Washington probate: What does an executor do?

| Sep 19, 2019 | Probate

Anyone who has been chosen to close out a loved one’s estate may feel overwhelmed at the task. Being an executor is not an easy job, especially if it is something one has never done before. This week, this column will discuss the role of the executor in the state of Washington and what a probate law attorney can do to help those in this position.

So, what does an executor do? He or she has the job of closing out an estate. This means that he or she will have to:

  • Locate a will — if there is one
  • Open a probate case
  • Notify beneficiaries
  • Notify creditors
  • Pay taxes
  • Pay any debts
  • Address any claims made against the estate
  • Distribute assets

On top of these things, an executor will also be responsible for closing any bank accounts, canceling subscriptions, closing credit card accounts and, if applicable, notifying the government if the decedent was receiving any benefits — such as Social Security or disability payments. In other words, there are a lot of big and little tasks that need to be completed. All are important, and none can be overlooked.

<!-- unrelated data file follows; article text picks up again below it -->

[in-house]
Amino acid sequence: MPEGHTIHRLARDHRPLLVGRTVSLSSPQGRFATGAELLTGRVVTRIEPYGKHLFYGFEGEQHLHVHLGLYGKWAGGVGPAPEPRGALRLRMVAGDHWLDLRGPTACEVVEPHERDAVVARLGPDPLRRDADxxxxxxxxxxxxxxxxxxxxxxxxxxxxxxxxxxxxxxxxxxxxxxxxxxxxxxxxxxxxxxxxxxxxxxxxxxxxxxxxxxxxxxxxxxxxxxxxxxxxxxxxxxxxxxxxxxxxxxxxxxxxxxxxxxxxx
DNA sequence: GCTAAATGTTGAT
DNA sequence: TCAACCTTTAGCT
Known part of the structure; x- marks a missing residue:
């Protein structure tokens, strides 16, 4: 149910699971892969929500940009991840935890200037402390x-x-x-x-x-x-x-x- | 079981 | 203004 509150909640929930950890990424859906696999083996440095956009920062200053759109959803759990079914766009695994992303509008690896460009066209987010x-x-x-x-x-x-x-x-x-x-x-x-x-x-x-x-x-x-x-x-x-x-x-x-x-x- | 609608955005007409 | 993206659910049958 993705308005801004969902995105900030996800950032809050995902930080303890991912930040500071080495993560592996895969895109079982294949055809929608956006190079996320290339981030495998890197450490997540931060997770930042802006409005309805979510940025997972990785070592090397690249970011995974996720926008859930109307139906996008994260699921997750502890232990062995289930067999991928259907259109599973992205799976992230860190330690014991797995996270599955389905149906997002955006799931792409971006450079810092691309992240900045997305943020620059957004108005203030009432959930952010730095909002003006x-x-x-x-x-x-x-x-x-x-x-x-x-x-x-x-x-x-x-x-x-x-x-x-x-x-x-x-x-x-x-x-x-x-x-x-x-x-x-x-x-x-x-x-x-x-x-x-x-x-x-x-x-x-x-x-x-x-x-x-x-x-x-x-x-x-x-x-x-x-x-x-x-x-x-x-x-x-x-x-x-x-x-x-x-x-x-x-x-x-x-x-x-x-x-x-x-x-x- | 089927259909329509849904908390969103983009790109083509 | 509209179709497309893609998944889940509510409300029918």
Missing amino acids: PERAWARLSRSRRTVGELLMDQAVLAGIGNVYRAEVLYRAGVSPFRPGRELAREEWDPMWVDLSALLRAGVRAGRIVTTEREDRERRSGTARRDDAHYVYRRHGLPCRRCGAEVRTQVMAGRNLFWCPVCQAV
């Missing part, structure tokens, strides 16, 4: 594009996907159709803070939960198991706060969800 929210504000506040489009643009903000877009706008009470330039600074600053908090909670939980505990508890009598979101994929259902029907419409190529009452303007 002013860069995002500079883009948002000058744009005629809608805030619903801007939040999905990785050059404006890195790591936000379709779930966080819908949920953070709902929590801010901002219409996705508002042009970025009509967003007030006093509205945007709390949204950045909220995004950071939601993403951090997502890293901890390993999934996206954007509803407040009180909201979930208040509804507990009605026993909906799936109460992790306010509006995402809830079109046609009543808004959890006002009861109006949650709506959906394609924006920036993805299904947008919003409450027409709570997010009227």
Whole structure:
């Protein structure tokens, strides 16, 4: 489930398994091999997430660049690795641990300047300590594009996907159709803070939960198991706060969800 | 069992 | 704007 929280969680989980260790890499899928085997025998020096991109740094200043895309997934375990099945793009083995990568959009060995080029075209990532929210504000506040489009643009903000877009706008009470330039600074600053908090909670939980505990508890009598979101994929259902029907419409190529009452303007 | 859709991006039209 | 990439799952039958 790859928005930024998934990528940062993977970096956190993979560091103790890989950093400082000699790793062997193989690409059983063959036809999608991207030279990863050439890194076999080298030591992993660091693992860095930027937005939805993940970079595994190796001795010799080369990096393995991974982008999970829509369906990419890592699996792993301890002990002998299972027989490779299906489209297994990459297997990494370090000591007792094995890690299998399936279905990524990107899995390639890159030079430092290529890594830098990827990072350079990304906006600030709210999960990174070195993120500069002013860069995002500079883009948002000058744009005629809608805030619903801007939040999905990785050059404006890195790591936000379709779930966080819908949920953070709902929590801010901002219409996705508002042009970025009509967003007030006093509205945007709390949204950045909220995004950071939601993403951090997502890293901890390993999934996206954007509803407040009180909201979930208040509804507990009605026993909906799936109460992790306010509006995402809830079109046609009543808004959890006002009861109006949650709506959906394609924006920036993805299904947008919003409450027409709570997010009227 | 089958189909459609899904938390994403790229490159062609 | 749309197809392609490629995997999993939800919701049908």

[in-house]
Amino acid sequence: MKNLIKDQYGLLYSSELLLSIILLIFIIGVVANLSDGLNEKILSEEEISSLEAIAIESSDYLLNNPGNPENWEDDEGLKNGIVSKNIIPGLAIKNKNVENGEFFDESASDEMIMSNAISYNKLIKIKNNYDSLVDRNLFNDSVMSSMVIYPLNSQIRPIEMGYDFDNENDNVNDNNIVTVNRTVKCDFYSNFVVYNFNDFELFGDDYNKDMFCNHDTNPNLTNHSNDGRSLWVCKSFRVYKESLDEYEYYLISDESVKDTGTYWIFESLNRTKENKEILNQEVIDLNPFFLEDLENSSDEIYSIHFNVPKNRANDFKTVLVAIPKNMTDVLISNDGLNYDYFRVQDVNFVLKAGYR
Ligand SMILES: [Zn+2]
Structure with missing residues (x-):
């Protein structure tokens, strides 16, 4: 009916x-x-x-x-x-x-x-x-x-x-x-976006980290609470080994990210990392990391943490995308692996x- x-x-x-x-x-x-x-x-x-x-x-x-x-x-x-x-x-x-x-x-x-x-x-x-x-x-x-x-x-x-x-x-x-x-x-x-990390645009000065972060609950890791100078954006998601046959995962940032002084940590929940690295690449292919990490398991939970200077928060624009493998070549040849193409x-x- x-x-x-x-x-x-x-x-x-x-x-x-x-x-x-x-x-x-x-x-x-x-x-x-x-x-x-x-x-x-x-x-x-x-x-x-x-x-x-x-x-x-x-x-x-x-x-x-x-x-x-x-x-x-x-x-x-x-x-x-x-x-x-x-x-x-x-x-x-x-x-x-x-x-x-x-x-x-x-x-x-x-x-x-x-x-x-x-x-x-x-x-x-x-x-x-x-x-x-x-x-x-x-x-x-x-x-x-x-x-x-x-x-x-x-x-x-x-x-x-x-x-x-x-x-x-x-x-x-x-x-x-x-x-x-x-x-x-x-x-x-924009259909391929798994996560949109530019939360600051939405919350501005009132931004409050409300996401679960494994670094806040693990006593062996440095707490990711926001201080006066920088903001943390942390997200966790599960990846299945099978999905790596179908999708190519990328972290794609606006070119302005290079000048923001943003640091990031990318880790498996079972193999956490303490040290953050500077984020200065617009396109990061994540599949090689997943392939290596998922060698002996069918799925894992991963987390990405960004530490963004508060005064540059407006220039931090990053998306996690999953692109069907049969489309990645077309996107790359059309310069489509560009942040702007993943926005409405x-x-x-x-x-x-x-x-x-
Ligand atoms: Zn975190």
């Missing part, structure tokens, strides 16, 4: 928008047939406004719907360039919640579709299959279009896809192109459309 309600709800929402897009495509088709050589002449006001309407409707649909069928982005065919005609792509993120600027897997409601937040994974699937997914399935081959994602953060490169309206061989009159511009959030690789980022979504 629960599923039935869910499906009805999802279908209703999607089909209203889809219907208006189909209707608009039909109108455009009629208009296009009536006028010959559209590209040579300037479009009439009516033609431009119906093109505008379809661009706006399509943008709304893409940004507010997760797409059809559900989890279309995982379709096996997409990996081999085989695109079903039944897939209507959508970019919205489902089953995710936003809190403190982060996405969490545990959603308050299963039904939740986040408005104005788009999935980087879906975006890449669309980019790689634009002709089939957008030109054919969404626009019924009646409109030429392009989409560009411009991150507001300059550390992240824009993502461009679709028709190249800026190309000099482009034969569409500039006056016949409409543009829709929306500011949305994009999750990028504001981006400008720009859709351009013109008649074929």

When named an executor, one might have many worries about making sure they do everything right. Thankfully, an executor does not have to handle everything on his or her own. Those who need assistance closing out a loved one’s estate in the state of Washington can turn to an experienced probate law attorney for help. Legal counsel will have the ability to walk one through all the steps required to close out an estate and help one manage any issues that may arise during the process.